This is a great hope and good news for me.  I proudly declare that—before this episode—I had not fallen all winter.  However, on a daily basis I miss the mark in my life and fall in other ways.  It would be tragic if I chose to let these daily falls finish me.  By faith I have found forgiveness and strength in the midst of these daily tumbles.  The term sin isn’t a popular idea, but it is a real part of our experience as humans.  The Bible—which is like a Text Message from God for our daily lives—gives us some pretty clear insight on this.  Consider:

Romans 3:23 23 for all have sinned and fall short of the glory of God,

However, though I fall it doesn’t have to be final:

Micah 7:7-8 7 But as for me, I will watch expectantly for the LORD; I will wait for the God of my salvation. My God will hear me. 8 Do not rejoice over me, O my enemy. Though I fall I will rise; Though I dwell in darkness, the LORD is a light for me.

The difference is the foundation of faith in God.  That leads to the second SPiritual truth I thought of today:

We All Need Help to Get Back Up

The fall yesterday and this morning were painful and hard, but the hardest part was getting back up because I was on unstable ground.  I had to get up very carefully.  Gratefully, I was able to get up.  The spiritual fall is different.  We can’t, nor are we expected to, get up on our own.  That’s why we have Jesus and the availability of the faith relationship.  He came so that He could convert the fallen—all of us.  The passage I referenced earlier (Romans 3.23) is followed by these verses:

Romans 3:24-26
24 being justified as a gift by His grace through the redemption which is in Christ Jesus; 25 whom God displayed publicly as a propitiation in His blood through faith. This was to demonstrate His righteousness, because in the forbearance of God He passed over the sins previously committed;
26 for the demonstration, I say, of His righteousness at the present time, that He might be just and the justifier of the one who has faith in Jesus.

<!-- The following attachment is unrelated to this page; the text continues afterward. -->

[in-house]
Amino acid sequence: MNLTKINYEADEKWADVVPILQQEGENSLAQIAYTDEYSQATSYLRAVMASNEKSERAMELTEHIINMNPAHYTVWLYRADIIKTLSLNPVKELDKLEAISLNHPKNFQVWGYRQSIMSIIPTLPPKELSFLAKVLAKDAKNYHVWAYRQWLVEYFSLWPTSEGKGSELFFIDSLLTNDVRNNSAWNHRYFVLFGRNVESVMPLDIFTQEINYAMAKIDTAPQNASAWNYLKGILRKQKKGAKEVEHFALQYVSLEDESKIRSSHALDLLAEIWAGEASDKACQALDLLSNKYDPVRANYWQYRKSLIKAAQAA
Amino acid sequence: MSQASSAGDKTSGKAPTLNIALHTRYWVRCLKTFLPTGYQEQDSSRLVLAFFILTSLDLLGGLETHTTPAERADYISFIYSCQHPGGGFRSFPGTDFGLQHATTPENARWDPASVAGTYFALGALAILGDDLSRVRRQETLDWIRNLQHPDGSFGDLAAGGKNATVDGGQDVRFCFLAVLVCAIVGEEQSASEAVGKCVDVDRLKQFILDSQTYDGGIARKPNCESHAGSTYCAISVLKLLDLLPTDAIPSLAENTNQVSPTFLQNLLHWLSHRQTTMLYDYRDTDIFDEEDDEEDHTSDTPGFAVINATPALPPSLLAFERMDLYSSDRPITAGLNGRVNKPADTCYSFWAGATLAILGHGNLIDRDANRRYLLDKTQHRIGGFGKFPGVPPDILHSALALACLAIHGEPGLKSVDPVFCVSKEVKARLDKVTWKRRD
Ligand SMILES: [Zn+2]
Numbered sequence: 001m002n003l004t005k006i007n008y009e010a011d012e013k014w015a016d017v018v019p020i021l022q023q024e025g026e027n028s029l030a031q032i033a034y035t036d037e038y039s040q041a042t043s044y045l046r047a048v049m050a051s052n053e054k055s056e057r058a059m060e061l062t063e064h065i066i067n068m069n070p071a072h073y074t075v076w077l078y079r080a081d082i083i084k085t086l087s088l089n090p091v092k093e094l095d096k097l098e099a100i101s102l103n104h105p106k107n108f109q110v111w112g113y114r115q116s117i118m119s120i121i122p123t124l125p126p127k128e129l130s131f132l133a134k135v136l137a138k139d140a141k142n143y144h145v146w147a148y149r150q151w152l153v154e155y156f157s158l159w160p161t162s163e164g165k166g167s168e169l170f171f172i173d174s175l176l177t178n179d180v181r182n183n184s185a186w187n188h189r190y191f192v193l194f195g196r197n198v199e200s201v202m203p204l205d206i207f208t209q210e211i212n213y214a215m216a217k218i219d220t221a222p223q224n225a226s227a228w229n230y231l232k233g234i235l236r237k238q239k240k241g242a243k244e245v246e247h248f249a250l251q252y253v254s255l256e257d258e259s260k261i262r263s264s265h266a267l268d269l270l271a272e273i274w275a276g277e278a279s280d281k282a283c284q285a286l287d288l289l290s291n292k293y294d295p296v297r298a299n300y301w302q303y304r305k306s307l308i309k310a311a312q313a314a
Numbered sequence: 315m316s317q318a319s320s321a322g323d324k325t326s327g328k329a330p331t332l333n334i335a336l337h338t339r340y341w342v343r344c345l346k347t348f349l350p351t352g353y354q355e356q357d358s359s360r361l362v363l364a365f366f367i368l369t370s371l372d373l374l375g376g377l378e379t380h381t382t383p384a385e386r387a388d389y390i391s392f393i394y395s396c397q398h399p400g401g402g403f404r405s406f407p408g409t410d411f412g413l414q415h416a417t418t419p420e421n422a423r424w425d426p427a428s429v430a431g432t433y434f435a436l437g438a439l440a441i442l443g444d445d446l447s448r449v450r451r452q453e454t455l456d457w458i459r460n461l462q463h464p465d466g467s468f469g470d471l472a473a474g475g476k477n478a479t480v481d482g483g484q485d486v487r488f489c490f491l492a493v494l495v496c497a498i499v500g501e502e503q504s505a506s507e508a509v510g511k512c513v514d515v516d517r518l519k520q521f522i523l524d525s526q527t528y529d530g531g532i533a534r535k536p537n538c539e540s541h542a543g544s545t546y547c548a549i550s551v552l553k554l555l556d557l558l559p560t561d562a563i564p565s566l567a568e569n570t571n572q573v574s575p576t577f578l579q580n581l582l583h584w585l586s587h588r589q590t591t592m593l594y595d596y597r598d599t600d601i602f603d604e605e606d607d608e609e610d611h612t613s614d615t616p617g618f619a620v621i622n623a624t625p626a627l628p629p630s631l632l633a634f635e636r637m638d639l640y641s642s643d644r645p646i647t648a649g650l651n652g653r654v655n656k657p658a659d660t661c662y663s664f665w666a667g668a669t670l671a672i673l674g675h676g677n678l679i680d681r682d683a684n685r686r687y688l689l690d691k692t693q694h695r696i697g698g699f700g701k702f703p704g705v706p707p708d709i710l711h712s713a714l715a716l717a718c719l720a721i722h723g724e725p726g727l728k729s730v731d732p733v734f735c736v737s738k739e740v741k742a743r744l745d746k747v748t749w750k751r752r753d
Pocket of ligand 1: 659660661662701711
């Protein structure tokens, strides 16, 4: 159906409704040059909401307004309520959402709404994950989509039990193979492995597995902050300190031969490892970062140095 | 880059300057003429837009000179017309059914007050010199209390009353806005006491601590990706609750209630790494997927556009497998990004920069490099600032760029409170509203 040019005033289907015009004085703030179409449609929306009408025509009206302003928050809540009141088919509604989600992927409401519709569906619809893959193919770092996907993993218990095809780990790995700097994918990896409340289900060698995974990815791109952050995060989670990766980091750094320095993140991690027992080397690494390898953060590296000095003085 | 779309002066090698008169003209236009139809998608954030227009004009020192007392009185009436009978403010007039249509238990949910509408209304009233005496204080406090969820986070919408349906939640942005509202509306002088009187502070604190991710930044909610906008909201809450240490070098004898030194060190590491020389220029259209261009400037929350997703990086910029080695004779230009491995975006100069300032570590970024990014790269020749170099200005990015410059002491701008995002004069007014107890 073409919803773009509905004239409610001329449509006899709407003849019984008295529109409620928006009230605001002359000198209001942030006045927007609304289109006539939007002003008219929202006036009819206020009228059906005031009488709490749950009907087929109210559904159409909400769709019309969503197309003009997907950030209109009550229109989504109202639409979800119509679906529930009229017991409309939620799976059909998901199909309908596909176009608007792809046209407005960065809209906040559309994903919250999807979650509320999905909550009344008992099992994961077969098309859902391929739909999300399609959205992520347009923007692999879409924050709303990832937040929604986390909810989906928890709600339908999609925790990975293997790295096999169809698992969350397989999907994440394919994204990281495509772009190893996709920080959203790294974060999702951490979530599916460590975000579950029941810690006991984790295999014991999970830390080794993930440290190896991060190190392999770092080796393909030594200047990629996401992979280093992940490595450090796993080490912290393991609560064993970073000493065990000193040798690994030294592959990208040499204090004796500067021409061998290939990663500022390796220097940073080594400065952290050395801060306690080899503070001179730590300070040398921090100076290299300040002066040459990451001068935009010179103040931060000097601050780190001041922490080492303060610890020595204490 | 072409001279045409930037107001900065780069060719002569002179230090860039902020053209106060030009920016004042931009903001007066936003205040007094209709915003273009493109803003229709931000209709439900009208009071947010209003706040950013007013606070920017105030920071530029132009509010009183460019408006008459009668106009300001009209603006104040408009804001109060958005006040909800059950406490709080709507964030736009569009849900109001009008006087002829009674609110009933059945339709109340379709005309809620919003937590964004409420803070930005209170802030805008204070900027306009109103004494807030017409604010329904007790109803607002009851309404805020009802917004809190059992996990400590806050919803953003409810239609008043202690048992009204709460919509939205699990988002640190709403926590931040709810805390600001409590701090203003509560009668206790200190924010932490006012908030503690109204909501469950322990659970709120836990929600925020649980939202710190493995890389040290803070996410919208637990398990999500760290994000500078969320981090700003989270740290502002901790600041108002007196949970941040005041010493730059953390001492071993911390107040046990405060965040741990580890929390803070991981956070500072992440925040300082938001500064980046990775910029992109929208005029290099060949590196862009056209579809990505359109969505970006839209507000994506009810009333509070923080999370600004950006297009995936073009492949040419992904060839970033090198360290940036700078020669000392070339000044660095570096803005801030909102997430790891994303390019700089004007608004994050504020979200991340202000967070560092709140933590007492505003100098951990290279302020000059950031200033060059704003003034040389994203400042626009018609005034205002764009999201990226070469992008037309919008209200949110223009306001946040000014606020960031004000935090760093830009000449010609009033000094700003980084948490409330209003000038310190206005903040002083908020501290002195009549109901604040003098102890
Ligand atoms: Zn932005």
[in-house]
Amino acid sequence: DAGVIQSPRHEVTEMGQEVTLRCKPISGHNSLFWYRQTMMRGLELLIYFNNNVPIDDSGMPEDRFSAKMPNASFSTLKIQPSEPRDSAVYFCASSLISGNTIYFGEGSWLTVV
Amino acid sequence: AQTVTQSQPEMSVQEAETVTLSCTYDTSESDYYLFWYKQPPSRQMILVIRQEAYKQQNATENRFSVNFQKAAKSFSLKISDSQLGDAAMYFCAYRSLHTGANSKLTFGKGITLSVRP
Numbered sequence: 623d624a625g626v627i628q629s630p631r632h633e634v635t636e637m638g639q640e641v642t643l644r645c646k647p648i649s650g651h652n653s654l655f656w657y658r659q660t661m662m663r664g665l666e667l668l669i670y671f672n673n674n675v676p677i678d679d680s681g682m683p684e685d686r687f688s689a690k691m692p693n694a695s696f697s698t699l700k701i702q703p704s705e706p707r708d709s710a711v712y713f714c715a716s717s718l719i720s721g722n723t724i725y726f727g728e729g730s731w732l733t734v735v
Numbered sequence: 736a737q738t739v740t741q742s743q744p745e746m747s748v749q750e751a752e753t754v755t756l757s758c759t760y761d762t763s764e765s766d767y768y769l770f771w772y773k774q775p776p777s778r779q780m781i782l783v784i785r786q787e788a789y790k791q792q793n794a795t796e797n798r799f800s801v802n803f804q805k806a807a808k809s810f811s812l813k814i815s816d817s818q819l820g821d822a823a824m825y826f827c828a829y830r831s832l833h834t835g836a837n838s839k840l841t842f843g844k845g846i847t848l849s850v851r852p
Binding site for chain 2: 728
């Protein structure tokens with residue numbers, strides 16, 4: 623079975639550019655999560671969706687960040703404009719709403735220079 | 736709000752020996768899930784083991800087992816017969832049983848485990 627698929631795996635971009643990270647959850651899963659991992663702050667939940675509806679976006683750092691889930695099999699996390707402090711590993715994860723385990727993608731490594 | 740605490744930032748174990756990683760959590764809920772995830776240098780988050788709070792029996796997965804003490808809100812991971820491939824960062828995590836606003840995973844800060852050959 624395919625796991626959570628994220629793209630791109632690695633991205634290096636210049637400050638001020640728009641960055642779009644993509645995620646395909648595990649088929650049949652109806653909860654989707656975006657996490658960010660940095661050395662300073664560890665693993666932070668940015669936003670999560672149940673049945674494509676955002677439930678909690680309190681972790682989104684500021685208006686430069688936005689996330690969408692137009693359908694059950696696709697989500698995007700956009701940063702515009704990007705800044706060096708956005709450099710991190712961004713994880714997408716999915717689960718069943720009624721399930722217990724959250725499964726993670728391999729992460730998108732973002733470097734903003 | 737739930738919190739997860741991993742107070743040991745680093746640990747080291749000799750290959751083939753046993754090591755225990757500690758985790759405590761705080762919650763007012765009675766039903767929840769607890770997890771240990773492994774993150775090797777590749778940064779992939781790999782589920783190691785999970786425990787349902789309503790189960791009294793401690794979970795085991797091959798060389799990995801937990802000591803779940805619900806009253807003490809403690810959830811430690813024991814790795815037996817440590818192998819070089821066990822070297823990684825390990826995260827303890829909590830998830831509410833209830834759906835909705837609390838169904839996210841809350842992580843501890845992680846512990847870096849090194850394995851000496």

Last weekend I had the chance to see my niece playing hockey.  It was fun, and one of the best things and most entertaining parts of the game for me was watching these girls fall and slide on the ice.  At one point Skylar went down and slid into the wall with a loud thud.  I was concerned for a moment and then I was amazed.  Like nothing had happened she leapt back to her feet and kept on skating.  In skates, covered with pads, and on this really slick rink, these girls bounced right back up every time they went down.  I learned later that they actually practice how to fall and get right back up.  Pretty impressive, but not at all a picture of the condition of man-kind.

Jesus came and bore the penalty for our sin because it was truly the only way we could ever have hope.  There was no way we could get up on our own, no matter how much effort or practice we put into it.  We can not bounce right back up from that sin fall.  We need a Savior.

Concluding Thoughts

I know, it’s a lot to pull from a couple of slips on the ice, but I hope that what I have shared here from those experiences reveals something about you, and most importantly your need for a relationship by faith with the God of creation.  He invites you daily to that connection with Him.  What will you do with that invitation?

Oh, and watch where you are walking…it’s dangerous out there!

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About bigdbentley

MEET DAVE "BIG D" BENTLEY - A MAN OF MANY HATS I wear a lot of hats in the course of my life. I wear the "husband hat" with my wife, Andie, whom I have been married to for 26 years. I wear the "daddy hat" with my children, Danielle and David, and their spouses, Micah and Tracie. I am privileged to don my "Papa hat" with my two gorgeous grand-daughters, Amaria and Jaydan, and my energetic grandson, Jethro. I wear the "pastor hat" with my church congregation in Wallingford, Vermont. I have served churches in West Virginia, Alabama, Florida and Vermont. In December of last year my wife and I accepted the call to serve in Wallingford, Vermont. In addition to this variety of caps, I am a student, attending Liberty University to receive a Masters in Teaching in Elementary Education as well as secondary Language Arts. My hobbies tend to revolve around my family, so they include, camping, traveling, playing board games, and spending time with them. In addition I enjoy reading, rainy days, listening to and playing worship songs, and cooking.